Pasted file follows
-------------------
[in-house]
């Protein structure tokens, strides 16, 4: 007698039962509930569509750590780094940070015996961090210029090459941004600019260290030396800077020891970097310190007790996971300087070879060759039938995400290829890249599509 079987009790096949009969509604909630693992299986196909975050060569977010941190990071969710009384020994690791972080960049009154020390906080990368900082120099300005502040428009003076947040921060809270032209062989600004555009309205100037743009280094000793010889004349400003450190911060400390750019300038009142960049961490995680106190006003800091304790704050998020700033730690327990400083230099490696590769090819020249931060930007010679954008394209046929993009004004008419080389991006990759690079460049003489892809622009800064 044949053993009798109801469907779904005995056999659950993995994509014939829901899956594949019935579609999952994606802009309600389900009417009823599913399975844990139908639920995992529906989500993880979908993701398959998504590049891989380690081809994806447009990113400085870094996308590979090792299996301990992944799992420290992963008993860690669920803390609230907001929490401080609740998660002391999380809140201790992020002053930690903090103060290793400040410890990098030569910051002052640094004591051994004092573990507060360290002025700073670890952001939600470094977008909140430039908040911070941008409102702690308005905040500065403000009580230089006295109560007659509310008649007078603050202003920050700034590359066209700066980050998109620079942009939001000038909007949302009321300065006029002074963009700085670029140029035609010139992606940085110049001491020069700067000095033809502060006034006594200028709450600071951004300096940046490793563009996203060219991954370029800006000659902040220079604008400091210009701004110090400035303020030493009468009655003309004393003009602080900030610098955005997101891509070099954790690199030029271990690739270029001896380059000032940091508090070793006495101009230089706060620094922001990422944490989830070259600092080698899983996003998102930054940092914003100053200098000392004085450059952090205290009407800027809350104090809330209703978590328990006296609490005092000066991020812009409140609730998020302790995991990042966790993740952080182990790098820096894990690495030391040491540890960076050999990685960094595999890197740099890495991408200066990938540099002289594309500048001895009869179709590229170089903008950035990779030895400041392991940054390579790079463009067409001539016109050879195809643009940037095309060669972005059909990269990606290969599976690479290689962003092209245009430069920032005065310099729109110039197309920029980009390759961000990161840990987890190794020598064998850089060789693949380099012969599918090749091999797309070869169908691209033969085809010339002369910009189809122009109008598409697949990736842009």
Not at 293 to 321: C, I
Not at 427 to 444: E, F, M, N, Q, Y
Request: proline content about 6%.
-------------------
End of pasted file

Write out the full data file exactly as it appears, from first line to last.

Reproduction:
[in-house]
């Protein structure tokens, strides 16, 4: 007698039962509930569509750590780094940070015996961090210029090459941004600019260290030396800077020891970097310190007790996971300087070879060759039938995400290829890249599509 079987009790096949009969509604909630693992299986196909975050060569977010941190990071969710009384020994690791972080960049009154020390906080990368900082120099300005502040428009003076947040921060809270032209062989600004555009309205100037743009280094000793010889004349400003450190911060400390750019300038009142960049961490995680106190006003800091304790704050998020700033730690327990400083230099490696590769090819020249931060930007010679954008394209046929993009004004008419080389991006990759690079460049003489892809622009800064 044949053993009798109801469907779904005995056999659950993995994509014939829901899956594949019935579609999952994606802009309600389900009417009823599913399975844990139908639920995992529906989500993880979908993701398959998504590049891989380690081809994806447009990113400085870094996308590979090792299996301990992944799992420290992963008993860690669920803390609230907001929490401080609740998660002391999380809140201790992020002053930690903090103060290793400040410890990098030569910051002052640094004591051994004092573990507060360290002025700073670890952001939600470094977008909140430039908040911070941008409102702690308005905040500065403000009580230089006295109560007659509310008649007078603050202003920050700034590359066209700066980050998109620079942009939001000038909007949302009321300065006029002074963009700085670029140029035609010139992606940085110049001491020069700067000095033809502060006034006594200028709450600071951004300096940046490793563009996203060219991954370029800006000659902040220079604008400091210009701004110090400035303020030493009468009655003309004393003009602080900030610098955005997101891509070099954790690199030029271990690739270029001896380059000032940091508090070793006495101009230089706060620094922001990422944490989830070259600092080698899983996003998102930054940092914003100053200098000392004085450059952090205290009407800027809350104090809330209703978590328990006296609490005092000066991020812009409140609730998020302790995991990042966790993740952080182990790098820096894990690495030391040491540890960076050999990685960094595999890197740099890495991408200066990938540099002289594309500048001895009869179709590229170089903008950035990779030895400041392991940054390579790079463009067409001539016109050879195809643009940037095309060669972005059909990269990606290969599976690479290689962003092209245009430069920032005065310099729109110039197309920029980009390759961000990161840990987890190794020598064998850089060789693949380099012969599918090749091999797309070869169908691209033969085809010339002369910009189809122009109008598409697949990736842009």
Not at 293 to 321: C, I
Not at 427 to 444: E, F, M, N, Q, Y
Request: proline content about 6%.